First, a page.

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Max Mirnyi of Belarus, right, and Daniel Nestor of Canada, left, play Juan Sebatian Cabal of Colombia and Eduardo Schwank of Argentina in the men's doubles final of the French Open tennis tournament in Roland Garros stadium in Paris, Saturday June 4, 2011. (Lionel Cironneau/AP)
Max Mirnyi of Belarus, right, and Daniel Nestor of Canada, left, play Juan Sebatian Cabal of Colombia and Eduardo Schwank of Argentina in the men's doubles final of the French Open tennis tournament in Roland Garros stadium in Paris, Saturday June 4, 2011. (Lionel Cironneau/AP)

Canada’s Nestor, Mirnyi of Belarus advance to French Open quarter-finals Add to ...

Canadian Daniel Nestor and Belarussian partner Max Mirnyi reached the quarter-finals of the French Open on Sunday with a 6-2, 6-4 defeat of American Scott Lipsky and Rajeev Ram.

Nestor’s top-seeded team won in 71 minutes on a chilly, grey day at Roland Garros with the threat of rain.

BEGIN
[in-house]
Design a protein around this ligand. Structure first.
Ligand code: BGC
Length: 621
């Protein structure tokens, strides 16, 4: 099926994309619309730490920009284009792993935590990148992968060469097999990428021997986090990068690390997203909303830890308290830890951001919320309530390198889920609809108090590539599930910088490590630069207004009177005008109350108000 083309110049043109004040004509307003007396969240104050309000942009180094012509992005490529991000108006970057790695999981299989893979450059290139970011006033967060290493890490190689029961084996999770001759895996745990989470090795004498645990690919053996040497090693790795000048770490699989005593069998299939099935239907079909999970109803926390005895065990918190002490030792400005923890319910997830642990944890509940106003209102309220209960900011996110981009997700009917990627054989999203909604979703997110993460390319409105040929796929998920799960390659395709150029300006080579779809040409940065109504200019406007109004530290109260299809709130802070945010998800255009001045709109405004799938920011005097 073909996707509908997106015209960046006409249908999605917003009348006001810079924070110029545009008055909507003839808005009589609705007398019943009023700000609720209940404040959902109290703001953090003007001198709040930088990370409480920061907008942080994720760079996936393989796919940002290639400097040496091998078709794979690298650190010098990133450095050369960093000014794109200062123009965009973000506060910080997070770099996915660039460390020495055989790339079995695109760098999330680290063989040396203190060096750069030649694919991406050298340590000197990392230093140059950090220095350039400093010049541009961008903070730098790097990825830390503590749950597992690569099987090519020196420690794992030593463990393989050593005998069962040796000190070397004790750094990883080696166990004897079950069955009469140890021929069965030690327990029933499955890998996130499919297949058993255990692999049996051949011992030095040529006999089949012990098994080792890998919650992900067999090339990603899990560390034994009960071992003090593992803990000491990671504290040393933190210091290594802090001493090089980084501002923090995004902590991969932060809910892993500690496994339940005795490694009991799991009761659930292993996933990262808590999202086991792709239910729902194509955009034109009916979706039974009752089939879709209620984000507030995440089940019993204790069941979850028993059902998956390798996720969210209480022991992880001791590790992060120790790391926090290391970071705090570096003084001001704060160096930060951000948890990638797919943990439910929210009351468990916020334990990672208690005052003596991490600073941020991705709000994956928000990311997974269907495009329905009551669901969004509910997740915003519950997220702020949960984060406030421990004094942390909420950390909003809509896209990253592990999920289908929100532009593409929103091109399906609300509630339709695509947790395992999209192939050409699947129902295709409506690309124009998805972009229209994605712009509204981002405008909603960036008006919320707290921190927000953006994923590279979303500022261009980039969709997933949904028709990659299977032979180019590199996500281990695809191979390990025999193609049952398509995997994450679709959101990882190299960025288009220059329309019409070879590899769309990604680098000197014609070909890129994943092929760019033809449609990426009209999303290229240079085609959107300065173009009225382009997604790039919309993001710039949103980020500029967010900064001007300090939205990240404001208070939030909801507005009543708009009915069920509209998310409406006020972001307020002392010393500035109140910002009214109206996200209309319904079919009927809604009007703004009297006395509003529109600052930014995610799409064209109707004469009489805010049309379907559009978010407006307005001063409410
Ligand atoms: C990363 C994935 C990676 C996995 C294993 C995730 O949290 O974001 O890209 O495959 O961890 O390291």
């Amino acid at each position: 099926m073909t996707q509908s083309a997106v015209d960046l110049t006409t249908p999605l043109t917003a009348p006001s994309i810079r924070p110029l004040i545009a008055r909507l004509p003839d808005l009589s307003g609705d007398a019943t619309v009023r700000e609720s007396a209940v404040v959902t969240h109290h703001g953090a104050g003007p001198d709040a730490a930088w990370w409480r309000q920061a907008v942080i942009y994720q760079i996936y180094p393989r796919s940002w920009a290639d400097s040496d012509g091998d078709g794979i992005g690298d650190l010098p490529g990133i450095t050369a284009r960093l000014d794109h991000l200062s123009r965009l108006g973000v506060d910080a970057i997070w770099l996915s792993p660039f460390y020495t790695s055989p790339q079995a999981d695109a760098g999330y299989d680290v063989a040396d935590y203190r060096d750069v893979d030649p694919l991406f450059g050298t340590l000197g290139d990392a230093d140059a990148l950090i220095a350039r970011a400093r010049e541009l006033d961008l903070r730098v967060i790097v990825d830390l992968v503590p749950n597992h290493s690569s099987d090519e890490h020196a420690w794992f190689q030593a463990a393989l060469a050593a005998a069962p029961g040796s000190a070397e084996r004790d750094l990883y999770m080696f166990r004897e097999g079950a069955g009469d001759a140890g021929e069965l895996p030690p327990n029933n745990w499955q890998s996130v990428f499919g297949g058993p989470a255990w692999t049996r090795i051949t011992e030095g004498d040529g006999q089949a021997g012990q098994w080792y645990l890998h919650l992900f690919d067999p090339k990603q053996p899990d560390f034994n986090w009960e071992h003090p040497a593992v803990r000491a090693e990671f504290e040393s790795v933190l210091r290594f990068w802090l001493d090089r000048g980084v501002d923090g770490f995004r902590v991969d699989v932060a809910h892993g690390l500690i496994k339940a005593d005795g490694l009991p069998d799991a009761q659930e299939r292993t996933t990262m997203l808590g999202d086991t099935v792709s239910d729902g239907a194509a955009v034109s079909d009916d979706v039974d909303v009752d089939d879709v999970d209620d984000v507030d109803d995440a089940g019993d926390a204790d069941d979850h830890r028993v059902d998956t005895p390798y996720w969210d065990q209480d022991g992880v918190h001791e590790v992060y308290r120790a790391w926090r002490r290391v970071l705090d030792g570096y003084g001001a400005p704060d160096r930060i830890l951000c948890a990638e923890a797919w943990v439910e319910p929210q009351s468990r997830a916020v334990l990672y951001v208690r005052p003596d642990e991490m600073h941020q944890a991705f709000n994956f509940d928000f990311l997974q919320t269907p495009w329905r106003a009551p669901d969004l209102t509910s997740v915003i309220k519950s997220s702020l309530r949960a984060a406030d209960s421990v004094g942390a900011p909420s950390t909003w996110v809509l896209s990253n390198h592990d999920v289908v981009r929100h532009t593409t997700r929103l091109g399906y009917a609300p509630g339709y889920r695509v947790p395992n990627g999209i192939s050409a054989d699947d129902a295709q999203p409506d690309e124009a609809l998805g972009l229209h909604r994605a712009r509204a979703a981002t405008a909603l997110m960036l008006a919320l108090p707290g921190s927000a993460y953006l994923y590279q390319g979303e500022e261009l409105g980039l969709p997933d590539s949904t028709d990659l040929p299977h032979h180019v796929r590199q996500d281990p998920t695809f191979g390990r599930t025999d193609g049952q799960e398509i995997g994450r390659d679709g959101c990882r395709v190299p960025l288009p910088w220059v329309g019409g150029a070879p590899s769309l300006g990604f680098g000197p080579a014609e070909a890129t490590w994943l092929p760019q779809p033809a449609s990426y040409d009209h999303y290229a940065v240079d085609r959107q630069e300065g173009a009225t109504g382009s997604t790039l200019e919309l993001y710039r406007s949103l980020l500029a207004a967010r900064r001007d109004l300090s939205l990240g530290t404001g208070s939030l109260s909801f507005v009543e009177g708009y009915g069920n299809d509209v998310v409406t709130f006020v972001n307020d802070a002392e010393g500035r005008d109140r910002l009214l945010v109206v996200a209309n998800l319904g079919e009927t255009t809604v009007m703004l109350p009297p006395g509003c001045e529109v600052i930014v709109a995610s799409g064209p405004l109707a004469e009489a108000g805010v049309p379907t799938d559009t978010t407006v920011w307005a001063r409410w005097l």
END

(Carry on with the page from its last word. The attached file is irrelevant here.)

The 39-year-old from Toronto will play for the semifinals against Australian Matthew Ebden and American partner Ryan Harrison.

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“We’ve been playing very solid in these last three matches,” said Nestor. “That’s quite important. Preparation matches are important but you can’t substitute match play for anything.

“No matter how hard you train it’s not the same. We’ve been hitting in the mornings — it’s the only time we can get on the showcourts. It’s heavier conditions then so we are used to them.”

Nestor’s team broke three times in victory at an event that the defending champion has won three times with three different partners. He claimed the trophy in 2011 with Mirnyi, the year before with Serb Nenad Zimonjic and in 2007 with Mark Knowles of the Bahamas.

He and Knowles also lost the 2008 final.

Nestor and Minryi were never in trouble against a pair of opponents they beat in an opening match on grass at Queen’s Club in London last June.

But Nestor said he and Mirnyi will not be taking Ebden and Harrison for granted.

“They are young guys who are not doubles players but they do well in singles and can translate that to doubles,” he said.

“That makes it a challenge to play them. They both hit the ball big, return and serve well. On a slow court, they could be trouble.”

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